The office of the Director of Mental Health in New Zealand has just published their annual report for 2011. According to the report the use of electroconvulsive therapy (ECT) has increased by nearly 18 per cent since the last annual statistics, although use is still low compared to Australia. The actual number of people receiving ECT is given as 286 (compared to 235 for the last one-year reporting period). However, in both years, there were District Health Boards (DHBs) adding people after the statistics had been analysed so those numbers are lower than the real numbers of people receiving ECT. I am not convinced, either, that they are accurate. There are a number of misprints (for example 490 divided by 75 is not 9.21) and there are some statistics that look improbable. Is it really the case that Canterbury DHB did not use ECT on any non-consenting patients, while in Capital and Coast DHB 43 per cent of ECT administrations were give to people “not able to consent”? Surely – if true – that requires some explanation.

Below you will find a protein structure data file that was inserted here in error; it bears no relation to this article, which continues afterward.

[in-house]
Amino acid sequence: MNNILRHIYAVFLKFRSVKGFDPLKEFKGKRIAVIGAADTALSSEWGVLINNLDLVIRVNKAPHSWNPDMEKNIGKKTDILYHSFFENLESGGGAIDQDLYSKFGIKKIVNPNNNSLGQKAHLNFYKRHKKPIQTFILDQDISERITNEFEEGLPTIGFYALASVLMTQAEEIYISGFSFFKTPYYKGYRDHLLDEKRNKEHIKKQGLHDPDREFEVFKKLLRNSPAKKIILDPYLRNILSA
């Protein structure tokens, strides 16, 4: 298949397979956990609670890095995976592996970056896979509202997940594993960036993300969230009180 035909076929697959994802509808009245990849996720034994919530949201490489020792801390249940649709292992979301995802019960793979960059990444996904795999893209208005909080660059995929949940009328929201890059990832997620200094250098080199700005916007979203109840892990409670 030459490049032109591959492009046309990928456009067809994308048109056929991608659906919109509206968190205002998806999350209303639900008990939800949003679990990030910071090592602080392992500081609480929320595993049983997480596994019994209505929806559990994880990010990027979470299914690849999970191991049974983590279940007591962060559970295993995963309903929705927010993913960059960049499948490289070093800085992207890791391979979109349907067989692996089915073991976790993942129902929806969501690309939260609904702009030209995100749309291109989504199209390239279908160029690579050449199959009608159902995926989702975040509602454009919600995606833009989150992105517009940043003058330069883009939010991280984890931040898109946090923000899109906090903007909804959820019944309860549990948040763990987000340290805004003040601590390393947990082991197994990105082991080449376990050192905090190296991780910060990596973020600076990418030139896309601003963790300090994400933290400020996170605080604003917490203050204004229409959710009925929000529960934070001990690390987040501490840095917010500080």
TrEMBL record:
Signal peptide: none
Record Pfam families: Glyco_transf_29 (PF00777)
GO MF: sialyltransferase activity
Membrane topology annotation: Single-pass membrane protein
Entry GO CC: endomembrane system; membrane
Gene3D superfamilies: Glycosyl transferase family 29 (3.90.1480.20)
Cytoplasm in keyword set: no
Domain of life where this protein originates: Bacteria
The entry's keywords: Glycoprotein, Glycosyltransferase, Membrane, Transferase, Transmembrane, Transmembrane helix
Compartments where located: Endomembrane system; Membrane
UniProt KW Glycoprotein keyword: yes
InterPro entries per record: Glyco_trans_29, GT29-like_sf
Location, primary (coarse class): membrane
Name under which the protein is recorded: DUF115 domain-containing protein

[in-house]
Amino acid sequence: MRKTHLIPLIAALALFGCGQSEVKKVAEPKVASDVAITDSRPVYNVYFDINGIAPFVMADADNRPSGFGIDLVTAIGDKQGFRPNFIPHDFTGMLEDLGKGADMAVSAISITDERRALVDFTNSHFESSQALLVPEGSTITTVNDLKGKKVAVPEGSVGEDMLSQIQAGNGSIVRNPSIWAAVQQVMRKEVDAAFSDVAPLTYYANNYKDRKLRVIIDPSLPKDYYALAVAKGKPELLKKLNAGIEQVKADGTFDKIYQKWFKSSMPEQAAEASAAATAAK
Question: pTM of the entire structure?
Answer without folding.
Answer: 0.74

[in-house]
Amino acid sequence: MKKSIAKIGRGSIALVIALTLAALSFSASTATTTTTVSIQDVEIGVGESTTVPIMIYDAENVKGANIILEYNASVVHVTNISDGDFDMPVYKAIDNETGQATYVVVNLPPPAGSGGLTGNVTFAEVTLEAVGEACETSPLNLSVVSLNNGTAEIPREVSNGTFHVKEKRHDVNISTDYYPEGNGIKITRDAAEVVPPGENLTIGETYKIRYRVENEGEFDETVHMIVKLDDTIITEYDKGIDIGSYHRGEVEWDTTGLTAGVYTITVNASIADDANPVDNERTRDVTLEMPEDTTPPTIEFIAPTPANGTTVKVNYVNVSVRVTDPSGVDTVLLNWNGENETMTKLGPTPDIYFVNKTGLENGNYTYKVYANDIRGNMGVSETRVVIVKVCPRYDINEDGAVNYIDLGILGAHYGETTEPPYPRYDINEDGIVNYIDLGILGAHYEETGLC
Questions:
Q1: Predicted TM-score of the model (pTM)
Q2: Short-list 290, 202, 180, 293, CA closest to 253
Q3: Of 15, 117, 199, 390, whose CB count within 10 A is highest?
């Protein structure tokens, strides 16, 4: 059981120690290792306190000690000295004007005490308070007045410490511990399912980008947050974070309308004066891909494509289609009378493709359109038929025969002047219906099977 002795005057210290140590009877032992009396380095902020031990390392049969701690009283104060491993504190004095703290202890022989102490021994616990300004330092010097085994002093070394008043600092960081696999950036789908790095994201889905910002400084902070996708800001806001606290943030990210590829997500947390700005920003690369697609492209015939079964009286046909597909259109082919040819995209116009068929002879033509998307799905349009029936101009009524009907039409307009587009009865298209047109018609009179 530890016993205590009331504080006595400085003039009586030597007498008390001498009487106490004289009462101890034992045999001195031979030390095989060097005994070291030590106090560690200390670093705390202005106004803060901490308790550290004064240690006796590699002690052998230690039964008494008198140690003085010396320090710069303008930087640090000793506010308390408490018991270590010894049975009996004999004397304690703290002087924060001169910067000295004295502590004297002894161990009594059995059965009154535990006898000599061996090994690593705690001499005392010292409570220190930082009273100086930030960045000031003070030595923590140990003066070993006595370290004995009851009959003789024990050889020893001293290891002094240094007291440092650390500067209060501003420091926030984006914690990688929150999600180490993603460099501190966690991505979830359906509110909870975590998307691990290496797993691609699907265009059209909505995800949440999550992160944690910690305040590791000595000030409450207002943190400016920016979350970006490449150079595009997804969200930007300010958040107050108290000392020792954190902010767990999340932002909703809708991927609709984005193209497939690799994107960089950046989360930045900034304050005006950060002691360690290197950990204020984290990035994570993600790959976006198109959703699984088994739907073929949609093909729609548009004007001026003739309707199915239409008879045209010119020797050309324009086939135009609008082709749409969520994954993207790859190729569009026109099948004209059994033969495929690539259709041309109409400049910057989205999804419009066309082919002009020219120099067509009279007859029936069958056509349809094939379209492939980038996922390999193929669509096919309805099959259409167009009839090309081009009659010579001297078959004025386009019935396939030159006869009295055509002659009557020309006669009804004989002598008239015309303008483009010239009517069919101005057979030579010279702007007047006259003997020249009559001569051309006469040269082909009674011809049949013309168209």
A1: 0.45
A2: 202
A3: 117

Another statistic that looks improbable is the average number of treatments for each course. Overall it comes to 4.3 treatments, which seems rather on the low side, and the figures for some of the DHBs seem very odd. There are two DHBs, Hawkes Bay and Nelson Marlborough, where the average number of treatments per course is fewer than three. And all the DHBs except for two had patients who received just one treatment. In 2004/5 the average number of treatments per course was 7, and no-one had just one treatment. Either there has been a significant change in the way ECT is used or there is a problem with reporting its use.
“What was picked up by the press was regional variation in ECT use. This article in the Otago Daily Times began:
The Southern District Health Board’s rate of electroconvulsive therapy, at more than double the national average, is the highest in New Zealand, the latest report of the director of mental health shows.”
The increase in ECT use since the last annual statistics has been greater amongst men than amongst women, although women still account for 64 per cent of those given ECT in New Zealand. Three people over the age of 90 received ECT in 2011. No-one under the age of 20 received ECT, unlike in Australia where ECT patients include children and teenagers.